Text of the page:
Lessons from Stephen King

A book on writing and publishing I was reading mentioned a piece of Stephen King’s advice from his book On Writing, so I thought I’d check that out of the library and read the whole thing. I haven’t read a lot of Stephen King because I’m a massive weenie who can’t handle a lot of tension and who doesn’t like to be scared. I’ve read a collection of his short stories. I read The Dead Zone after starting to watch the TV series. Oddly, it wasn’t the spooky supernatural stuff that made that series too scary for me to watch all the way through. It was when the creepy politician became the focus that I got too freaked out. I guess it’s the same reason I can’t watch or read courtroom stories. I know vampires and monsters are fiction, but lawyers and politicians are real, and that’s truly scary. I also read The Colorado Kid, which was the (very loose) basis for the series Haven. He’s an incredibly talented writer, so even if I’m too chicken to read most of his work, I figured I had something to learn from him.

The first half of the book is essentially a memoir about how he came to be a writer. I came away from reading that with the sense that I’d actually like him a great deal if I met him. I might even need to give more of his books a shot because, from the sounds of things, I get what he’s trying to say, and it seems like the impression I have is more from the movies made from his books, which tend to take a very different perspective.

The second half gets into more how-to, at least how he approaches writing. I think my biggest practical takeaway is his advice that the second draft should be 10 percent shorter than the first draft, tightening it all up and getting rid of any flab. In my case, I would probably adapt that to say that after I think the book is done, I should do another pass to remove 10 percent. My first draft tends to be fairly bare bones, almost like a screenplay, so it’s mostly dialogue and action. There is some flab, certainly, since I tend to process things on paper, having the characters think about or talk about what they should do or have done, and once I’ve figured all that out, I can cut the process part. But I also have to add things like emotions and description. My second drafts usually involve cutting huge chunks and adding huge chunks. But after that, trying to trim 10 percent, whether it’s in whole passages or individual words, might be a really good exercise. He even has an example of how he edits a scene to show the kinds of things he cuts.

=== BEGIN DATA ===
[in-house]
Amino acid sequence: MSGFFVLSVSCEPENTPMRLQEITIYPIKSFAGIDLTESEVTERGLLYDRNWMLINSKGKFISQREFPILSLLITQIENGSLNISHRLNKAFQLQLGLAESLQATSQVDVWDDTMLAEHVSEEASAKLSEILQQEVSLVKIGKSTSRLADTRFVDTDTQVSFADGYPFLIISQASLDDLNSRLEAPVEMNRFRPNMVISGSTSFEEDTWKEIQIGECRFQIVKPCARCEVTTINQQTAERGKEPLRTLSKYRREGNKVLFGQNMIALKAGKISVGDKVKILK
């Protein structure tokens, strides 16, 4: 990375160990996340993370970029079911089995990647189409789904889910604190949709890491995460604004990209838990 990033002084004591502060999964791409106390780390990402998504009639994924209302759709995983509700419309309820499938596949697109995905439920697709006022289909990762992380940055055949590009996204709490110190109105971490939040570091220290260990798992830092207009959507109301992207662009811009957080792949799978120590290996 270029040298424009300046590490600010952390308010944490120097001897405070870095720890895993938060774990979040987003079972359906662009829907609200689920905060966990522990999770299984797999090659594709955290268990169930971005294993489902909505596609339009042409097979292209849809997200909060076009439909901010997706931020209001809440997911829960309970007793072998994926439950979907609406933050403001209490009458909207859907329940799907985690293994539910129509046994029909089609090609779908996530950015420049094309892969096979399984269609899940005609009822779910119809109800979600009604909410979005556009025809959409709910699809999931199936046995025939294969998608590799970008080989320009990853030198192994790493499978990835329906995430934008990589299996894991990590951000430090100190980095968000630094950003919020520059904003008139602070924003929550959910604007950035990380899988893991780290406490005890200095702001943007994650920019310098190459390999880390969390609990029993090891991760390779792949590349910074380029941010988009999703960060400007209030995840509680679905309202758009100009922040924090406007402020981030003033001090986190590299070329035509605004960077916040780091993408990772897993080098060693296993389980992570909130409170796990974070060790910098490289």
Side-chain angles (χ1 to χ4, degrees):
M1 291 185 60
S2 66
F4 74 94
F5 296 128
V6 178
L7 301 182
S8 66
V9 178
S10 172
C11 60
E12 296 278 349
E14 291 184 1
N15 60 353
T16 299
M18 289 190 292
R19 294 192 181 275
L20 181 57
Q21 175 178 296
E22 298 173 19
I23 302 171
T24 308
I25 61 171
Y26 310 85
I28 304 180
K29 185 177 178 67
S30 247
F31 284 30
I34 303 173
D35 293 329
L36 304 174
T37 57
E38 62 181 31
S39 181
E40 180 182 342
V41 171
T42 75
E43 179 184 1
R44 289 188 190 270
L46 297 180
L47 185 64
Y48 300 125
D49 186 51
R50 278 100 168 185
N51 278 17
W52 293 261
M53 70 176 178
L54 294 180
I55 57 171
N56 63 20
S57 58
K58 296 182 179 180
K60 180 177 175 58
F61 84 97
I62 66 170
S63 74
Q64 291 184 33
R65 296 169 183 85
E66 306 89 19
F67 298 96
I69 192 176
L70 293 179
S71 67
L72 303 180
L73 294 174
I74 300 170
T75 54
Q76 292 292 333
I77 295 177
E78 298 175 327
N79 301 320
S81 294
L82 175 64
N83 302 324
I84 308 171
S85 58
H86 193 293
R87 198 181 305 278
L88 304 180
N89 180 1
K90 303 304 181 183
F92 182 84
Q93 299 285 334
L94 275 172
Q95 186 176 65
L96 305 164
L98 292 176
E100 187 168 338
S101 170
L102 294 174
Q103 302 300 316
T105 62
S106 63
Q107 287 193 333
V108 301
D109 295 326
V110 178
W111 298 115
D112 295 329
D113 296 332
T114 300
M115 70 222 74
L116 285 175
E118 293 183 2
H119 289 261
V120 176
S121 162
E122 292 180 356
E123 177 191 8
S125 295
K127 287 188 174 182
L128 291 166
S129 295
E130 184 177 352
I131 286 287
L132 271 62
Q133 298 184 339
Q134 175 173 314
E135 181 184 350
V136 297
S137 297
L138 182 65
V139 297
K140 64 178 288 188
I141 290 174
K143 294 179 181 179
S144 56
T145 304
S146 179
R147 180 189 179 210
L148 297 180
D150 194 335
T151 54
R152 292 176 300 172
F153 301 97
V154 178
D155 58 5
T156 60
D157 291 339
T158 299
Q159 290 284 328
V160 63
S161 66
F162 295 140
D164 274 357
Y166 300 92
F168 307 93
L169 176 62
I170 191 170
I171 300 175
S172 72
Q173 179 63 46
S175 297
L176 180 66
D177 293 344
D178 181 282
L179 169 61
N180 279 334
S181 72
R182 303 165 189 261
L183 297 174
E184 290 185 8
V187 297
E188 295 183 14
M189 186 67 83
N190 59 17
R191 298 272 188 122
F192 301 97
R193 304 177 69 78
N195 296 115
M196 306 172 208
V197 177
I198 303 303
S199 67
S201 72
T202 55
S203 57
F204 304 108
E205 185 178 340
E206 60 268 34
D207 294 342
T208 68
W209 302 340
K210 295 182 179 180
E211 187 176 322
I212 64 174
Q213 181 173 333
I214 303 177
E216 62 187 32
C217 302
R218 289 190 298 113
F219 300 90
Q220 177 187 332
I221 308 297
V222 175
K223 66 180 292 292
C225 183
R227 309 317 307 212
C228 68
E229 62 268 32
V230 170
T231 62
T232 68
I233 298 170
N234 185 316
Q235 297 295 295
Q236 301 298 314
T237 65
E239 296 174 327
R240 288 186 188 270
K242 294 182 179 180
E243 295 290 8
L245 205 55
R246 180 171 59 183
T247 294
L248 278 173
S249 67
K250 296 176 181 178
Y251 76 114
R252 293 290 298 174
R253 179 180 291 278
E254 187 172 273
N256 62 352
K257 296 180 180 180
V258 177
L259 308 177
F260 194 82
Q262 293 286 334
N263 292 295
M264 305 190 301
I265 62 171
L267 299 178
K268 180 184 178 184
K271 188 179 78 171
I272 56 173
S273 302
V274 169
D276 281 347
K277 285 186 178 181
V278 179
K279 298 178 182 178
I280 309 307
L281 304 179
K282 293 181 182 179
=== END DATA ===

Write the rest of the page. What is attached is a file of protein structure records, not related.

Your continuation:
There’s also some good inspirational stuff that I need to keep in mind when I get discouraged about the business that comes with writing. The quote I probably need to embroider on a throw pillow is: “Writing isn’t about making money, getting famous, getting dates, getting laid, or making friends. In the end, it’s about enriching the lives of those who will read your work, and enriching your own life, as well.”

Now maybe I need to try more of his novels. Any suggestions for weenie-safe Stephen King books?

One Response to “Lessons from Stephen King”

  1. Michelle

    I haven’t read much of his work either, as most horror isn’t my thing. The Eyes of the Dragon was written for his daughter, who hadn’t read any of his books.

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